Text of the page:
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Good and Bad PR: Good for Ikea, bad for VW

Good PR

Ikea made an announcement this week which will see the brand take a more environmentally friendly approach to selling furniture.

The homeware retailer will be trialling a furniture-hire scheme, where customers will be able to rent items as opposed to owning them outright. The CEO Jesper Brodin said that he could see demand for a solution like this in big cities like London, where commuters and those living part-time there aren’t necessarily interested in building a second home and investing lots of money in kitting it out.

In Japan, Ikea will also be trying out a buy-back scheme, where the customer will be able to sell their sofas back to the retailer once they want to get rid, so that they don’t end up going to landfill and Ikea can recycling the furniture instead.

So many brands now are trying to do their bit when it comes to lessening their impact on the environment and this is just one example of that.

Ikea’s announcement has been picked up by the Telegraph and subsequently the Metro, with more media coverage sure to follow.

Bad PR

I read something this week surrounding one of the top car manufacturers which really unsettled me. Up until now, I’ve always liked Volkswagen cars; I wanted a Golf when I first started driving and I quite like the slick looking Scirocco (a bit of pointless insight into my car preferences for you there). 

However, I doubt I’ll ever give Volkswagen any of my hard-earned cash in the future now. If you’re wondering what’s made me feeling this way, then read on.

The car giant was found to be running a bit of a twisted experiment to see what effect diesel exhaust fumes would have on monkeys and humans. Animal testing isn’t something you’d normally associate with the motoring industry, with it more likely to come to light from the cosmetics or medical sectors.

The tests on monkeys were apparently run in a lab in Albuquerque (or Breaking Bad fame) back in 2014 and were commissioned by the European Research Group on Environment and Health in the Transport Sector (the EUGT for short), which is actually funded by VW, BMW and Daimler. Ten monkeys were shut inside an air-tight chamber and were exposed to fumes from several cars, one of which was a diesel model of a VW Beetle.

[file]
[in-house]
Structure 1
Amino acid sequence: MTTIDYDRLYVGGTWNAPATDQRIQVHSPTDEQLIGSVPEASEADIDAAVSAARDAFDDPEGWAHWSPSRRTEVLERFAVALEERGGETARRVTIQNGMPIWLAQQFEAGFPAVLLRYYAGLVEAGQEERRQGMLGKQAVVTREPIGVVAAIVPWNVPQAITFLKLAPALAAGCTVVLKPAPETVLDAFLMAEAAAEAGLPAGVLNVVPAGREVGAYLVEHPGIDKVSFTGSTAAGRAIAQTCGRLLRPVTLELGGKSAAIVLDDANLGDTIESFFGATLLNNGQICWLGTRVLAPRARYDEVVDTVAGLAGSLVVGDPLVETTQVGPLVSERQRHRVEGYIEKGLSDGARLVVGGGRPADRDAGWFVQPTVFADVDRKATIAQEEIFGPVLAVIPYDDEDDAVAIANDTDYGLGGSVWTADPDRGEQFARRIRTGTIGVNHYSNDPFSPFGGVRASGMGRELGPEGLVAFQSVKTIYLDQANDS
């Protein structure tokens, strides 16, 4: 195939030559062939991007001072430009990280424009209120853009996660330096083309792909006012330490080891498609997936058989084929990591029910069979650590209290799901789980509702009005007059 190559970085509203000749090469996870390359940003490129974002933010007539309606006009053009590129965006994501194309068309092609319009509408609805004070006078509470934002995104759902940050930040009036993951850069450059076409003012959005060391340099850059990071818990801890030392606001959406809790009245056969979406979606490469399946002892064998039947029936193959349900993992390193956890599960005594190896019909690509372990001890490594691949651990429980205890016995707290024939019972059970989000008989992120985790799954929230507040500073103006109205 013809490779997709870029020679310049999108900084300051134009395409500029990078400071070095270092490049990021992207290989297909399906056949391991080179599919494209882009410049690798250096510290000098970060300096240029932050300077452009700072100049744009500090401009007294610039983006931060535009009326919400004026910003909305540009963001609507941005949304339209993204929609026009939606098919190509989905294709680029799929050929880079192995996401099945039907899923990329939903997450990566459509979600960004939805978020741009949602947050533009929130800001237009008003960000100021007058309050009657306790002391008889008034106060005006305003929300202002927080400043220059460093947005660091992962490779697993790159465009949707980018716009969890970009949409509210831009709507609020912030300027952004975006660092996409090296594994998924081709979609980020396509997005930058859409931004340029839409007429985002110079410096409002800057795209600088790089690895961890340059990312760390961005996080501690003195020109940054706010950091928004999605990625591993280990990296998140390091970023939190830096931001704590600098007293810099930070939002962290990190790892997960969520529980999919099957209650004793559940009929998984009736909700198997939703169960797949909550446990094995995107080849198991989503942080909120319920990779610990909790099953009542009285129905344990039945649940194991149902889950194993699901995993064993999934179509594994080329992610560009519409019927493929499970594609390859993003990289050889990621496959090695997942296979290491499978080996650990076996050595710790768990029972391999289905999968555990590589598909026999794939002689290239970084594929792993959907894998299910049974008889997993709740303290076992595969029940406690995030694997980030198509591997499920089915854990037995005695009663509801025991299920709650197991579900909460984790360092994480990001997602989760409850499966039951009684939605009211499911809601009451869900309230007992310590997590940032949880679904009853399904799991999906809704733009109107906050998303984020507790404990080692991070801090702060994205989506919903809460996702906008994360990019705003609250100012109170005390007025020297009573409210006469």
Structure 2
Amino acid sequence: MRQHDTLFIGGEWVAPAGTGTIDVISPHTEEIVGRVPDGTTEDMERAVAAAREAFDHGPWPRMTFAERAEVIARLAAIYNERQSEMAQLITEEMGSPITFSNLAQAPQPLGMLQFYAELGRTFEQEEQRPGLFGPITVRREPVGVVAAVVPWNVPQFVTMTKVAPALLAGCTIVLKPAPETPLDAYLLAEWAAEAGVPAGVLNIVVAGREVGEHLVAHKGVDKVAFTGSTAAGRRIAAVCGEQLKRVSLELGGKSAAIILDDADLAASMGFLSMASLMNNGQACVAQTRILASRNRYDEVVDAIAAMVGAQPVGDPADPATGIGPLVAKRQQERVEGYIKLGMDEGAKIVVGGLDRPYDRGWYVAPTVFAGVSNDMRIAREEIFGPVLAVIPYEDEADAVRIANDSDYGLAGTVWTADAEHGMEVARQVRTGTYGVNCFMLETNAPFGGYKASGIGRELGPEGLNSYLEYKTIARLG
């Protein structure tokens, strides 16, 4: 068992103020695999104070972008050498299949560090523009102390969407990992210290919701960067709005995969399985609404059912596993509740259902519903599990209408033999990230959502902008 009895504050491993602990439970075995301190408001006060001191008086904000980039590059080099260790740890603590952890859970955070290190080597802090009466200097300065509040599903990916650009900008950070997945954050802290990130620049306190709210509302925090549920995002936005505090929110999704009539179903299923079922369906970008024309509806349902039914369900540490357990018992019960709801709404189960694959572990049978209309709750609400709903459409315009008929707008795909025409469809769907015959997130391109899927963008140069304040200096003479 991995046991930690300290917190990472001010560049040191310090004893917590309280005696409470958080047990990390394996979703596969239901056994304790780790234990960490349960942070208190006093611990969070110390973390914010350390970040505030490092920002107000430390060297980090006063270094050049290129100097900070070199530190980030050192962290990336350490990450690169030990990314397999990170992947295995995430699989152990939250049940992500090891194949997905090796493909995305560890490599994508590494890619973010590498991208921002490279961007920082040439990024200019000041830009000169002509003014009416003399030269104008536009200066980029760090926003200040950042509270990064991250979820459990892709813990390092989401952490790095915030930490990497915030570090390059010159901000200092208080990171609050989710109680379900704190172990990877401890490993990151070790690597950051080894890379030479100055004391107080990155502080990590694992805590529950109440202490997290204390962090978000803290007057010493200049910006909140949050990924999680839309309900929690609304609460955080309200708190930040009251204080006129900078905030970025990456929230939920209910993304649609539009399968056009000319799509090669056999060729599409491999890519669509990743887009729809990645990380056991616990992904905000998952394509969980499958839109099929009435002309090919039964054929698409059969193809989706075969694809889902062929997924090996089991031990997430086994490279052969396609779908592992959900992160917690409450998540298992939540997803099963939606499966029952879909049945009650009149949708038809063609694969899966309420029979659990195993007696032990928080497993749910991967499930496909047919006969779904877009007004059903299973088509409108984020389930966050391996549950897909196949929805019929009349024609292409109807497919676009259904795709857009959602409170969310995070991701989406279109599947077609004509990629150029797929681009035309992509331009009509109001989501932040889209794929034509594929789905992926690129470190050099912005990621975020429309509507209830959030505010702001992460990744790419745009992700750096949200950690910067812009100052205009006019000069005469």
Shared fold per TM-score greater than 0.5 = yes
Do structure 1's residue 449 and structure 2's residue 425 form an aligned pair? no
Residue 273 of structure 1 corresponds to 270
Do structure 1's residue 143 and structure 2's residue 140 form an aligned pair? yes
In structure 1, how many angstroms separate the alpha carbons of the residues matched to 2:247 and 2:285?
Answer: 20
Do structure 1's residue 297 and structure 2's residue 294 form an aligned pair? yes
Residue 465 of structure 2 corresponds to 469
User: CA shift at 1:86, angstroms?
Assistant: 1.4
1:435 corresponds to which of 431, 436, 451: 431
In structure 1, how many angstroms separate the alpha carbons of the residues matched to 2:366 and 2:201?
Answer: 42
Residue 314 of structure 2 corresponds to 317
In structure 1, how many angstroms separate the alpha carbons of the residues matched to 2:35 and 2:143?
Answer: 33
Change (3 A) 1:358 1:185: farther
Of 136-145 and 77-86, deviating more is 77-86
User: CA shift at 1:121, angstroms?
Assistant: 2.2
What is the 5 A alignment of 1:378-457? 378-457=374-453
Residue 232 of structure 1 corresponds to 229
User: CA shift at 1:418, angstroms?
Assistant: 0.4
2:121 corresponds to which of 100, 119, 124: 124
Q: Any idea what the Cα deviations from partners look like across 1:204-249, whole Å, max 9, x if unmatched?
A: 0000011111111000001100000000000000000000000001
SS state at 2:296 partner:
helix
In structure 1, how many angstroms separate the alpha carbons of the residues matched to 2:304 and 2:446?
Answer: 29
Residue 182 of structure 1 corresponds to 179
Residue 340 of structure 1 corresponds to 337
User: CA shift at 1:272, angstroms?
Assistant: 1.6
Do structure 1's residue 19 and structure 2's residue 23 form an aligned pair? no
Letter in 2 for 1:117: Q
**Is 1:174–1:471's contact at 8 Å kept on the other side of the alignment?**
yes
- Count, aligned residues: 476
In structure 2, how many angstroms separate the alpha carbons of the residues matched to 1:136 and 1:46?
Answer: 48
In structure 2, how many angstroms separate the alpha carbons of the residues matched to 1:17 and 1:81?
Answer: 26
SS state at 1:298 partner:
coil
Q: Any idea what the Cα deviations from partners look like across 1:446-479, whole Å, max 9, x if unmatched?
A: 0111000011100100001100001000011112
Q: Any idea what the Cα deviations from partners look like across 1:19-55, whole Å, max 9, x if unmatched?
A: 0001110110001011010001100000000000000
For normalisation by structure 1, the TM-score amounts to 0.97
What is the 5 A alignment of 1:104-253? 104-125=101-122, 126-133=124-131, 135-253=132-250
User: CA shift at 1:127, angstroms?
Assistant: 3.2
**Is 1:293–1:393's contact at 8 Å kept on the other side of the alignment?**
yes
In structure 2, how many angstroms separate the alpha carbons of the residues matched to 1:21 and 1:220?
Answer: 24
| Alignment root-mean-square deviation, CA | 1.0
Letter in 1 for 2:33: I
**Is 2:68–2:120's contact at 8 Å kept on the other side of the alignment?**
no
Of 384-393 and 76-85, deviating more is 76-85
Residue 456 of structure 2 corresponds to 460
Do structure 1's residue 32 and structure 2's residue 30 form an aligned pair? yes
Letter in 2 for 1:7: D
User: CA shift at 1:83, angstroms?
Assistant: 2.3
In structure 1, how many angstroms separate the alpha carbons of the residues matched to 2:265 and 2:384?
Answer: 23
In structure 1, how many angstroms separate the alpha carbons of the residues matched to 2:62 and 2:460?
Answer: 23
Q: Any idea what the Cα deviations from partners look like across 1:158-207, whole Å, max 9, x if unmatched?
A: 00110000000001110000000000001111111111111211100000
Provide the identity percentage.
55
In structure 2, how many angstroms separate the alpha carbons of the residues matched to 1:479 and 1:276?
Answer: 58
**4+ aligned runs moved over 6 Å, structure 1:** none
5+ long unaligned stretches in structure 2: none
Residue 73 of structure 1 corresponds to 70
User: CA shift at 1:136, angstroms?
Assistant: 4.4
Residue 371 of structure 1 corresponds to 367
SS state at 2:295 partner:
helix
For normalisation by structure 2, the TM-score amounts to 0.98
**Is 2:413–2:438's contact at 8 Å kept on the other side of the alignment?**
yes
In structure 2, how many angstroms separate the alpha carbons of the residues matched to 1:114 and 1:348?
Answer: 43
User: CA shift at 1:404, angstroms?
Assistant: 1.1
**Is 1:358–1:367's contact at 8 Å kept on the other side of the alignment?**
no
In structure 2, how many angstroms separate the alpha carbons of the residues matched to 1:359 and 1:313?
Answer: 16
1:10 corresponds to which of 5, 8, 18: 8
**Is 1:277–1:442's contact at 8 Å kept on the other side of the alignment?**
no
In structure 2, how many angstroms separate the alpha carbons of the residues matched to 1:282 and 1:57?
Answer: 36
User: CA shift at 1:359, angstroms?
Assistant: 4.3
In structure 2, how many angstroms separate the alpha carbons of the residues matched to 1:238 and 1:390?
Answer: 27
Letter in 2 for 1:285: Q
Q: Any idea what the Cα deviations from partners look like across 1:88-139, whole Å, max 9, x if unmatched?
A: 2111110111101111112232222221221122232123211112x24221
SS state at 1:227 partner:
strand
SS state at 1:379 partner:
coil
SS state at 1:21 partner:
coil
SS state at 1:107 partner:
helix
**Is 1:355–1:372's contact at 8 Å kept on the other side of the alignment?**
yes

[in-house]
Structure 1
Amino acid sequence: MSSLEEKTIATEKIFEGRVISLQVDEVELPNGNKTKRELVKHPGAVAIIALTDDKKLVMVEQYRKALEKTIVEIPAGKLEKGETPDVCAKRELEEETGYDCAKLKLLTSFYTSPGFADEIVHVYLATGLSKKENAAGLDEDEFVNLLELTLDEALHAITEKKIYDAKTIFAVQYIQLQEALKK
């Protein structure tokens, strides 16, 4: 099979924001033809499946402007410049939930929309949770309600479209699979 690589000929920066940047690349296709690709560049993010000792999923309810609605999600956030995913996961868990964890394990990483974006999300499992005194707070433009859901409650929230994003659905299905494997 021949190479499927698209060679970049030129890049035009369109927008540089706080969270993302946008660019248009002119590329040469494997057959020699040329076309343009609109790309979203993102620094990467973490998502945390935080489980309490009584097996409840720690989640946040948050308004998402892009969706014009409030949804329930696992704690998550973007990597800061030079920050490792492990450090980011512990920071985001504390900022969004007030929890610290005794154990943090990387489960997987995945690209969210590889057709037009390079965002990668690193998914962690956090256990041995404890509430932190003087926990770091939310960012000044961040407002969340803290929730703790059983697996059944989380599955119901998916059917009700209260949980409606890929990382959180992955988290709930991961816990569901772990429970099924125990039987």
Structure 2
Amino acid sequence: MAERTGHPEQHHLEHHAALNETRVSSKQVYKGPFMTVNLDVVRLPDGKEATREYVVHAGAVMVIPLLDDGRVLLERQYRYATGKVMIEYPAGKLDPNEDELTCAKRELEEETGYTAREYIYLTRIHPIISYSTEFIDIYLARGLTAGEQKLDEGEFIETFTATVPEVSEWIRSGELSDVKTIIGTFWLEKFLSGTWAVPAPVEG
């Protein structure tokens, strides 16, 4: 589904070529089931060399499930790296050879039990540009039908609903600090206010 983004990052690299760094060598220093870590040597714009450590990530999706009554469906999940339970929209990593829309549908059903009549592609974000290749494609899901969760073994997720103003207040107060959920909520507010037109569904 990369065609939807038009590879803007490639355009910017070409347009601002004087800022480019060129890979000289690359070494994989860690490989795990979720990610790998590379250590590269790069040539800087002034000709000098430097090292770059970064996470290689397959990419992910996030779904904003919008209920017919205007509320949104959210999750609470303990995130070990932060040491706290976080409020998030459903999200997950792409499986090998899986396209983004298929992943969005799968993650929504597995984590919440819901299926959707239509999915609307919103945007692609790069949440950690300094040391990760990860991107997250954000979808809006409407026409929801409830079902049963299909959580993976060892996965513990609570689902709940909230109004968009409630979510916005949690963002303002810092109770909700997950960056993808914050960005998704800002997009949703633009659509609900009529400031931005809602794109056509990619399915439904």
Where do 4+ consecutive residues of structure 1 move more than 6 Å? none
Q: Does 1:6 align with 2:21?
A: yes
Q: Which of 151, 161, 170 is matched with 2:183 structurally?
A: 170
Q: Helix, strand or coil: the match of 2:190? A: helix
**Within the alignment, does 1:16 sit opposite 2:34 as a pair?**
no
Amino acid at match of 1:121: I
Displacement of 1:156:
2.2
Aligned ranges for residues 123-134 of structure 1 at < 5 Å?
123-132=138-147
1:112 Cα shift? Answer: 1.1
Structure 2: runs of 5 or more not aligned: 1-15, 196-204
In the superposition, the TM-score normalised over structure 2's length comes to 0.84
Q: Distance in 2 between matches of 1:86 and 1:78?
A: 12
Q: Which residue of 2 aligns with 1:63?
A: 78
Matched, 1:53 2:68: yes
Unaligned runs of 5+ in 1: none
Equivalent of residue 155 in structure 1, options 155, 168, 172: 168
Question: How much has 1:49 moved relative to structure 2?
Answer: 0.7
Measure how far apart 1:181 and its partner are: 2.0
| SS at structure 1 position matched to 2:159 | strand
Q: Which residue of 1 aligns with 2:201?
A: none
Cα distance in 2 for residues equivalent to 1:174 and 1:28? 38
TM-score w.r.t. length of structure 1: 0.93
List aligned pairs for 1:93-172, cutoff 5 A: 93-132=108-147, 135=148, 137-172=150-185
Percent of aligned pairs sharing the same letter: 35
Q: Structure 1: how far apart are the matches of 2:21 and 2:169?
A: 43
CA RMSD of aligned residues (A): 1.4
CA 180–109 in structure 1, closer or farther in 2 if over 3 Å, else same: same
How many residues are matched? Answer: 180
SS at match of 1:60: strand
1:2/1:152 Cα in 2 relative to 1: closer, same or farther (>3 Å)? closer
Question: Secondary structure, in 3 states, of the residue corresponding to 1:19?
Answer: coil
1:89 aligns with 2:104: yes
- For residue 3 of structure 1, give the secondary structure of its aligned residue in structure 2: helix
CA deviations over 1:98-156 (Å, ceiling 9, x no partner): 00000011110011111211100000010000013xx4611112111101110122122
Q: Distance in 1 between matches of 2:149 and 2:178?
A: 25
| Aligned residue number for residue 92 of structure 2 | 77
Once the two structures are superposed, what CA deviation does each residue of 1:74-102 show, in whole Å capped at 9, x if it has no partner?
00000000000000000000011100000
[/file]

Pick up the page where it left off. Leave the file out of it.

Reports have also said that the monkey tests were carried out with a vehicle that used the illegal “cheat” software that helped to give more preferable emissions readings and were at the centre of a scandal that came to light in 2015.

In a separate, month-long experiment, six women and a total of 19 men inhaled diesel fumes in a lab in West Germany at varying concentration levels, which contained nitrogen oxides (NOx – a toxic substance).

It’s all just a bit bonkers to be honest and certainly doesn’t do VW any favours. The manufacturer has attempted to distance itself from any “all forms of animal abuse” in a tweet, but the fact the EUGT is funded by VW doesn’t look good. I don’t think it’ll be as easy as shifting the blame onto the group.

VW has since said all the right things in terms of issuing apologies and such like, but it’s all too little, too late from a brand-reputation perspective. The story reached the far corners of global media and the head of external relations and sustainability Thomas Steg has stepped down from his role at his own request. Oh dear VW… oh deary me.

Written by Shannon Peerless, 10 Yetis @ShazzaYeti on Twitter
Seen any good or bad PR lately? You know what to do @10Yetis on Twitter or on email

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